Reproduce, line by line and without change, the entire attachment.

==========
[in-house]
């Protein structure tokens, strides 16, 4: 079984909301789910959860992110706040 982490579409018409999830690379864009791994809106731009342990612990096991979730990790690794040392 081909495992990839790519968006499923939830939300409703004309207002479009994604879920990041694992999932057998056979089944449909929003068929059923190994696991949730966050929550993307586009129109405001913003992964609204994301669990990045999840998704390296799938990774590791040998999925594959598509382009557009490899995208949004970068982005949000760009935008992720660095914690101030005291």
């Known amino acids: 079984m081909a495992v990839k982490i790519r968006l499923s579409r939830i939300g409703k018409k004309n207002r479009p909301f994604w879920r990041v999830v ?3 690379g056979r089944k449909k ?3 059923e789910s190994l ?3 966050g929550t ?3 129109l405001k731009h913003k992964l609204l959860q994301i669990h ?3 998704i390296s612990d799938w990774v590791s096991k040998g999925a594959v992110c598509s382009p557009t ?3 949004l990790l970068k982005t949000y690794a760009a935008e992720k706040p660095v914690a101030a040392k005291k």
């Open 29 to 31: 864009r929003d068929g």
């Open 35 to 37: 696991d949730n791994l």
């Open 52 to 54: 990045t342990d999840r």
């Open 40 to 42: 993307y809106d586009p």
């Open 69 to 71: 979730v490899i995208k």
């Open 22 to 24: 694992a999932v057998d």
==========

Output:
[in-house]
């Protein structure tokens, strides 16, 4: 079984909301789910959860992110706040 982490579409018409999830690379864009791994809106731009342990612990096991979730990790690794040392 081909495992990839790519968006499923939830939300409703004309207002479009994604879920990041694992999932057998056979089944449909929003068929059923190994696991949730966050929550993307586009129109405001913003992964609204994301669990990045999840998704390296799938990774590791040998999925594959598509382009557009490899995208949004970068982005949000760009935008992720660095914690101030005291």
């Known amino acids: 079984m081909a495992v990839k982490i790519r968006l499923s579409r939830i939300g409703k018409k004309n207002r479009p909301f994604w879920r990041v999830v ?3 690379g056979r089944k449909k ?3 059923e789910s190994l ?3 966050g929550t ?3 129109l405001k731009h913003k992964l609204l959860q994301i669990h ?3 998704i390296s612990d799938w990774v590791s096991k040998g999925a594959v992110c598509s382009p557009t ?3 949004l990790l970068k982005t949000y690794a760009a935008e992720k706040p660095v914690a101030a040392k005291k």
């Open 29 to 31: 864009r929003d068929g």
């Open 35 to 37: 696991d949730n791994l």
């Open 52 to 54: 990045t342990d999840r």
């Open 40 to 42: 993307y809106d586009p």
């Open 69 to 71: 979730v490899i995208k």
């Open 22 to 24: 694992a999932v057998d």